Sunday, January 31, 2010

Ironic use by IPCC's Pachauri of term "voodoo science"

Back around 2000, Bob Park had a book titled Voodoo Science: The Road from Foolishness to Fraud which had much to say, among other things, about Joe Newman's perpetual motion machine. An editorial review at amazon.com includes the text:

Park is less forgiving of scientists (especially Edward Teller) when he thinks they've fallen down on the job, a job that should include helping the public separate the scientific wheat from the voodoo chaff.

Flash forward to the year 2010, with public attention first directed to the emails of ClimateGate, and then the questionable IPCC reporting on Himalayan glaciers dubbed GlacierGate. In an article titled Climate chief was told of false glacier claims before Copenhagen, TimesOnLine states that

Rajendra Pachauri was told that the Intergovernmental Panel on Climate Change [IPCC] assessment that the glaciers would disappear by 2035 was wrong, but he waited two months to correct it.

According to the Times, Dr. Pachauri told The Times on January 22 that he had only known about the error for a few days. He said: “I became aware of this when it was reported in the media about ten days ago. Before that, it was really not made known. Nobody brought it to my attention. There were statements, but we never looked at this 2035 number.”

The Times questioned the accuracy of Dr. Pachauri's assertion of prior knowledge for only "a few days", and finds Dr. Pachauri had invoked "voodoo science" [although the connection to Bob Park is not noted]:

However, a prominent science journalist said that he had asked Dr Pachauri about the 2035 error last November. Pallava Bagla, who writes for Science journal, said he had asked Dr Pachauri about the error. He said that Dr Pachauri had replied: “I don’t have anything to add on glaciers.”

The Himalayan glaciers are so thick and at such high altitude that most glaciologists believe they would take several hundred years to melt at the present rate. Some are growing and many show little sign of change.

Dr Pachauri had previously dismissed a report by the Indian Government which said that glaciers might not be melting as much as had been feared. He described the report, which did not mention the 2035 error, as “voodoo science”.

Mr Bagla said he had informed Dr Pachauri that Graham Cogley, a professor at Ontario Trent University and a leading glaciologist, had dismissed the 2035 date as being wrong by at least 300 years. Professor Cogley believed the IPCC had misread the date in a 1996 report which said the glaciers could melt significantly by 2350.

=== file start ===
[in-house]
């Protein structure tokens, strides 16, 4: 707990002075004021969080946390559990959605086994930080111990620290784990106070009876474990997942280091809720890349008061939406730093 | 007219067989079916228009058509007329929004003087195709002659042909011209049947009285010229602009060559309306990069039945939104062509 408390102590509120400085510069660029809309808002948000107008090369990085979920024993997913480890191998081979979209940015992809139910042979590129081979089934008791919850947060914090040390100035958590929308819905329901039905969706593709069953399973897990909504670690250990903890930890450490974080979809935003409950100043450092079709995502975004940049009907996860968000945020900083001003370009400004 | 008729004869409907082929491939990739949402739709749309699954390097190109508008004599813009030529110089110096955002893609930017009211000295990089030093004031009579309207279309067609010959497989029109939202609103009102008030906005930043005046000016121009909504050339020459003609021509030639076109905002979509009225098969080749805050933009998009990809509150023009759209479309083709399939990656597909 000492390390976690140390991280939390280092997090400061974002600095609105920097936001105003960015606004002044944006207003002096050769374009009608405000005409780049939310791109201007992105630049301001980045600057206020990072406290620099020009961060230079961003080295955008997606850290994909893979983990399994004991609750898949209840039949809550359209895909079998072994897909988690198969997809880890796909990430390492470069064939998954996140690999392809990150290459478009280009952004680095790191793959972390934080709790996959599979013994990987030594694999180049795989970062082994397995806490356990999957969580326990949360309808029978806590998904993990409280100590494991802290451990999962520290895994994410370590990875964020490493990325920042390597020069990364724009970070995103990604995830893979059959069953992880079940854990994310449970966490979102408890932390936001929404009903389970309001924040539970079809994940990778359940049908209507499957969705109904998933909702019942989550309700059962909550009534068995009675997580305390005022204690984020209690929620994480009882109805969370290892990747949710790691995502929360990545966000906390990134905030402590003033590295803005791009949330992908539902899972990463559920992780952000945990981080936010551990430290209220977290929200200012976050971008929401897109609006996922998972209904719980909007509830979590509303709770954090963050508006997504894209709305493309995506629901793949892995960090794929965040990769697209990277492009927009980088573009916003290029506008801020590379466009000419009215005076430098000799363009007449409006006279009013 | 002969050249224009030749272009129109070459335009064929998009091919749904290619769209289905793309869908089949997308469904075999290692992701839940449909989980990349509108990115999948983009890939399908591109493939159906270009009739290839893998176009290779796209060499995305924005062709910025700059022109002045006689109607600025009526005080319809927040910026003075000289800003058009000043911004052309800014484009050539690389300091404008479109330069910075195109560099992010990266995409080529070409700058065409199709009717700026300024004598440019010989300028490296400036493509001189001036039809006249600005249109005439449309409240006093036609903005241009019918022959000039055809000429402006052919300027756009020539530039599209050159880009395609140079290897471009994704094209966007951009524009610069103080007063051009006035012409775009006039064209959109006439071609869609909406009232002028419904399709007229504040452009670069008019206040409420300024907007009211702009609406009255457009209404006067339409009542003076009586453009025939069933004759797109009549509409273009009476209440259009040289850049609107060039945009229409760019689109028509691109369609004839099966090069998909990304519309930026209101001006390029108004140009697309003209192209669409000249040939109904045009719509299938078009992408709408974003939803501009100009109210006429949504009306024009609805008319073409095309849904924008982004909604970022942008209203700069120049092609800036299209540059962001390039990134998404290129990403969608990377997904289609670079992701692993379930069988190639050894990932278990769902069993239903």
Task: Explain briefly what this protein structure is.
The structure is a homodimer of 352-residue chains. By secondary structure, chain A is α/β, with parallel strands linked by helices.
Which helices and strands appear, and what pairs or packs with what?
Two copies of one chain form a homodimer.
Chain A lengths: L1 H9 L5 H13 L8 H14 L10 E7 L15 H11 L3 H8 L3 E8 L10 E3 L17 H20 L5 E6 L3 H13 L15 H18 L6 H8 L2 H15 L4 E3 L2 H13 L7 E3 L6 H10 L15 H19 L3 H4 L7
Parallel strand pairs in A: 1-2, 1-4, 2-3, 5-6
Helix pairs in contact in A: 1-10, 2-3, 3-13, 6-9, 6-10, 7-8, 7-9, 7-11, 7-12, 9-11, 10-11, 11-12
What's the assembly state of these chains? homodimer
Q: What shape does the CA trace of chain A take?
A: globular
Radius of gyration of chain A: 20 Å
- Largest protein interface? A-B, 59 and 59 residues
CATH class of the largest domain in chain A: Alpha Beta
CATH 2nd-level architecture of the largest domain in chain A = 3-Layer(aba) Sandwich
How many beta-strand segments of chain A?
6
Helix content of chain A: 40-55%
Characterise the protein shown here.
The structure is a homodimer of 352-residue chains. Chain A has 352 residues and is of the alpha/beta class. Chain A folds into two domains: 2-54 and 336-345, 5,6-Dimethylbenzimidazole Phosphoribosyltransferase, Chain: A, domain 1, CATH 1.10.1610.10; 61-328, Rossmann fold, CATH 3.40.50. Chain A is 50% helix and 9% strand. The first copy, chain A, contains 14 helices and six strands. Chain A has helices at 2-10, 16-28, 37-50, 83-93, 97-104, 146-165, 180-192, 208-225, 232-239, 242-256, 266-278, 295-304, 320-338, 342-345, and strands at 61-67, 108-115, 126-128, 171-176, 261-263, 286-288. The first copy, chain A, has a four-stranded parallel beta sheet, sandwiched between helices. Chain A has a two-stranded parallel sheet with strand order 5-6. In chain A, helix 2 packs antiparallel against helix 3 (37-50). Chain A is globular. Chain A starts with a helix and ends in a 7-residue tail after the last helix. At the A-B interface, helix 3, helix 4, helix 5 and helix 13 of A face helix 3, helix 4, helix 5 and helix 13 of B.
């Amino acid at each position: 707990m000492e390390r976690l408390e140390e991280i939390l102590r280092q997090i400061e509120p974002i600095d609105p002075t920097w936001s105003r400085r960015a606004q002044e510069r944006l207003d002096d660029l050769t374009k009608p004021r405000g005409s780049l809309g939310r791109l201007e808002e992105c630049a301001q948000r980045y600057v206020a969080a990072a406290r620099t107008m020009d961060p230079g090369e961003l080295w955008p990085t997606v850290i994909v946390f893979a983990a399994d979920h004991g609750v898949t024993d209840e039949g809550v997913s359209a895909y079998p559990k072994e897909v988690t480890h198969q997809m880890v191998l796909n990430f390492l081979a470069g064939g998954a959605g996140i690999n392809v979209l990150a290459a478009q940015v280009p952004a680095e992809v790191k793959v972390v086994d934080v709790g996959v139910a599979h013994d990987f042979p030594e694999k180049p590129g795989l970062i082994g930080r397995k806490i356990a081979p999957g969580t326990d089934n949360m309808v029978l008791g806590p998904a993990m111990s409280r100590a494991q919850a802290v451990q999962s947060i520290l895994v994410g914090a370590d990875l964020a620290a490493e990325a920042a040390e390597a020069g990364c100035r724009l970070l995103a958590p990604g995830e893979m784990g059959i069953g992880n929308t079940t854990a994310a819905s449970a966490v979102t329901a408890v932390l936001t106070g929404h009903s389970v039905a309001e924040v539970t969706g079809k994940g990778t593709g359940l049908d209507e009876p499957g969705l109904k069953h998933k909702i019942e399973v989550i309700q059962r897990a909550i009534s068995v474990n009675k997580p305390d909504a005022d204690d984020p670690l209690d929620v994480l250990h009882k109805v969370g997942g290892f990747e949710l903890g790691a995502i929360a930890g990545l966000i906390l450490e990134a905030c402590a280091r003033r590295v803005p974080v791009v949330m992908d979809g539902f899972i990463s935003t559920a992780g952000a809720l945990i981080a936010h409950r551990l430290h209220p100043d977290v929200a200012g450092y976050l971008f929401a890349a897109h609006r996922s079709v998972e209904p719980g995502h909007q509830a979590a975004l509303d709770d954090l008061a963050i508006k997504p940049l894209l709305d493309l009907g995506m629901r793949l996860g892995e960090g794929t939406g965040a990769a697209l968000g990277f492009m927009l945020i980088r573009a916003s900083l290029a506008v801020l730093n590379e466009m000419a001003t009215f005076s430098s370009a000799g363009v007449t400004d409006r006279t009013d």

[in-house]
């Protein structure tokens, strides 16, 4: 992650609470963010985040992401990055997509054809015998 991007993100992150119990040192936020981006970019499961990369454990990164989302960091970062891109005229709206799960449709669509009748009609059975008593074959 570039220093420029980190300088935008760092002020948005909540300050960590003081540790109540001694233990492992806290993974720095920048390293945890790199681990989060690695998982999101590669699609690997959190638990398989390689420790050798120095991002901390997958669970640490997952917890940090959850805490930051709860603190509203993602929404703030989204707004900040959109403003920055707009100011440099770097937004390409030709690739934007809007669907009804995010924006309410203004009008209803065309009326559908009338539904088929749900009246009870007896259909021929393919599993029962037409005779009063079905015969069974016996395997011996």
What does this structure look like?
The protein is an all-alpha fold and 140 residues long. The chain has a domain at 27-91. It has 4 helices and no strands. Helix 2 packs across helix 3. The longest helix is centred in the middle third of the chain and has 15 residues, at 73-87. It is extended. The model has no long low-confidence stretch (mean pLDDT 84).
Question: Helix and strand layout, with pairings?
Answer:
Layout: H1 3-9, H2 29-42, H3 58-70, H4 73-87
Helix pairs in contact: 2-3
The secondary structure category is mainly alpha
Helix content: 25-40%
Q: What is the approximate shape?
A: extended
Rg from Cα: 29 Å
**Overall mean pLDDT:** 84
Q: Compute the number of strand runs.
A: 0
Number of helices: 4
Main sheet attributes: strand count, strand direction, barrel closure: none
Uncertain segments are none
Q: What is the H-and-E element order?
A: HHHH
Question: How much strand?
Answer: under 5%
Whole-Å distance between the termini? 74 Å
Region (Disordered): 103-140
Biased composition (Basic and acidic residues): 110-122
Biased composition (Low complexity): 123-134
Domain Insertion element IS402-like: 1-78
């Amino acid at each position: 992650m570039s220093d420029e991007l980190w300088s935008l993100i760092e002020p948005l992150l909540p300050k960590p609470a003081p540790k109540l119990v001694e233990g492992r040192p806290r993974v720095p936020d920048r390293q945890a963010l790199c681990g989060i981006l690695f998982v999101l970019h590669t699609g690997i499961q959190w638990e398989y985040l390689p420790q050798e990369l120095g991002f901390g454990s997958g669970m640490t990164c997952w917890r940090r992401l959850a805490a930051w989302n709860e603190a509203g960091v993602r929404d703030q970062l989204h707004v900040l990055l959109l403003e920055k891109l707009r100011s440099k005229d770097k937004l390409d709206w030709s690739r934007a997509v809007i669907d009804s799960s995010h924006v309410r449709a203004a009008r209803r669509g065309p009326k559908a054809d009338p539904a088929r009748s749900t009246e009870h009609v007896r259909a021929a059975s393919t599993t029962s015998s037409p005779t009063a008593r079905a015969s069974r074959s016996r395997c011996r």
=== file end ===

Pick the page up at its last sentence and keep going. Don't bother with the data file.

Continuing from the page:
The irony here of course is that it was Dr. Pachauri did not "help the public separate the scientific wheat from the voodoo chaff." Arguably, as to the "2035" number, Dr. Pachauri propounded voodoo chaff. One wonders if Bob Park will say anything about this incident.

Park was rather dismissive of the emails of ClimateGate in a post on WN on 4 December 2009:

Last week someone broke into the e-mail files of the Climate Research Unit at the University of East Anglia, and posted the results on the web for the world to see. The Wall Street Journal and Investors Business Daily are having a field-day writing about "criminal conspiracy" and "scientific blacklisting." There were a few embarrassing comments about global warming deniers in a mountain of e-mails. I would hate to see some of my private e- mails on the web. The suffix was added to invite comparisons to the infamous break-in at the Watergate Hotel by Nixon's goons, but in this story the unnamed burglars are treated as heroes. No one wrote even a line about what was probably the only criminal offense in this sordid affair: hacking into private files. There are angry demands in Congress for an investigation of the affair. So far the only effect has been to shift the focus away from bad news about rising oceans and stranded polar bears to climate scientists more interested in scoring points than advancing science. All that's left is to figure out who paid for the break- in. That book has already been written.

and has been silent on the games played by the pro-warming forces as to FOIA requests.

The wikipedia entry for Rajendra K. Pachauri, as of January 31, 2010, does not mention the problem with Pachauri's concealment of problems with the Himalayan glacier lifetime.

Separately, there are some issues with Syed Hasnain. Anorak notes that after GlacierGate broke, Syed Hasnain stated:

“I was keeping quiet as I was working here. My job is not to point out mistakes. And you know the might of the IPCC. What about all the other glaciologists around the world who did not speak out?”

[IPBiz notes Hasnain is not taking a role separating out the mistakes of voodoo chaff.]

BUT Anorak stated as to before GlacierGate:

in a clip on 9 November 2009 – the day that the Raina report on glaciers was published, challenging the claims made in the IPCC report, he is seen to be defending the 2035 figure, and allowing himself to be styled as “author of the original IPCC report”.

Of Park and voodoo science, see also


Park notes favorable citation by Eugenie Reich in WSJ



New York Times promoting voodoo science?

1 Comments:

Blogger Mr. Xyz said...

This spoof of climate science may be of interest:

http://climaterealists.com/?id=4960

6:26 PM  

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